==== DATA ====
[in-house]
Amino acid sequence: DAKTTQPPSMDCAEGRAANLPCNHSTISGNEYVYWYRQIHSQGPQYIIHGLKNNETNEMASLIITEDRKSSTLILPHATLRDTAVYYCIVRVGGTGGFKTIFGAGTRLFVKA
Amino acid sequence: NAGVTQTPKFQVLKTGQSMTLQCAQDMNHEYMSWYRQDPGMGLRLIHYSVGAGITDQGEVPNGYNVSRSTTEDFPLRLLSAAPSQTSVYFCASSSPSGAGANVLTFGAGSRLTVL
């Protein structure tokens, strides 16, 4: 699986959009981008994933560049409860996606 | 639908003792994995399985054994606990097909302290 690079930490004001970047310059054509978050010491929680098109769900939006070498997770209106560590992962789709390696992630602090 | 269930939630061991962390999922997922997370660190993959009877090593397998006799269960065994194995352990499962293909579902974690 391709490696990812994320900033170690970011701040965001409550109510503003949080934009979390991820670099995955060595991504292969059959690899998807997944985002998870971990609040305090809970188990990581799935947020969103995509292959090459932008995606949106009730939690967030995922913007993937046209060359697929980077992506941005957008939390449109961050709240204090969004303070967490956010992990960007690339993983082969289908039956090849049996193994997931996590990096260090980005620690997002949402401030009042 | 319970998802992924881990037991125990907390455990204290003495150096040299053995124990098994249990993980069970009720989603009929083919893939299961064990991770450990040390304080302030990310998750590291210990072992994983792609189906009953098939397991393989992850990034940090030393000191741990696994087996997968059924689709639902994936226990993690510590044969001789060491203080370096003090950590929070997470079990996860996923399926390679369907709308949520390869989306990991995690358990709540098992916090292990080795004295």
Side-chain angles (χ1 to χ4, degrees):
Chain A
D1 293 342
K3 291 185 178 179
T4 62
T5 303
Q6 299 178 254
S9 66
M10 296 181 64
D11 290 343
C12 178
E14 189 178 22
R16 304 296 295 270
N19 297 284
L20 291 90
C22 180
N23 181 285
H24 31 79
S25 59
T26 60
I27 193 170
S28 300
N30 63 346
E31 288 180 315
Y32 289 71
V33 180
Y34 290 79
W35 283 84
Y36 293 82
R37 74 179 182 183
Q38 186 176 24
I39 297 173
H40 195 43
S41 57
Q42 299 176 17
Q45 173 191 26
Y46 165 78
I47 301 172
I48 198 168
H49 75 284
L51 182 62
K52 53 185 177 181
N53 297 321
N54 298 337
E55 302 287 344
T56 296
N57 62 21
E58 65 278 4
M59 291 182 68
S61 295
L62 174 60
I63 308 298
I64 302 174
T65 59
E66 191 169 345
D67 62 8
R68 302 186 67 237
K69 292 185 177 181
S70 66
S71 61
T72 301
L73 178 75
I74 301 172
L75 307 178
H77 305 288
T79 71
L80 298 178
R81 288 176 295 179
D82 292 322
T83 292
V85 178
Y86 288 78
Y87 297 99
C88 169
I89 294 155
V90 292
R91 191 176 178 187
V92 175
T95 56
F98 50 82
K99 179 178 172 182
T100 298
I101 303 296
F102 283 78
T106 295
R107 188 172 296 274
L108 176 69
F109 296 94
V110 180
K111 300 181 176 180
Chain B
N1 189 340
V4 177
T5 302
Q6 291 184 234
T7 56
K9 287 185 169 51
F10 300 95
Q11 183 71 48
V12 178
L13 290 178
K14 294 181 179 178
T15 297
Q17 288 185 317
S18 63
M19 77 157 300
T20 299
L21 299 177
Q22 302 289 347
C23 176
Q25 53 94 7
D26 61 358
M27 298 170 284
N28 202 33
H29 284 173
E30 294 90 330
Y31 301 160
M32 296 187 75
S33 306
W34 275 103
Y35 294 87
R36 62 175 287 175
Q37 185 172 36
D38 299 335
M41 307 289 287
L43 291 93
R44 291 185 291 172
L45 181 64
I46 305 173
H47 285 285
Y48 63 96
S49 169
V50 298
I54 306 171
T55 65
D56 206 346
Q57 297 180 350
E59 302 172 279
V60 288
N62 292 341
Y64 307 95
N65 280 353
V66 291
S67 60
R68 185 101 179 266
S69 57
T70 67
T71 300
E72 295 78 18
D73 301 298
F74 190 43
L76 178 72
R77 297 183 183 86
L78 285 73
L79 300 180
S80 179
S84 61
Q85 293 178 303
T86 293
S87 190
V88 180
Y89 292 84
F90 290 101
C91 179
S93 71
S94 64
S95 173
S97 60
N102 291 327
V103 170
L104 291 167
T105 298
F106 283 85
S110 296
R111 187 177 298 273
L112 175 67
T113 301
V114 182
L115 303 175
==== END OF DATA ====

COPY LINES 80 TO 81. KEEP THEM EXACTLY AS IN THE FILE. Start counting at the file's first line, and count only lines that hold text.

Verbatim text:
V90 292
R91 191 176 178 187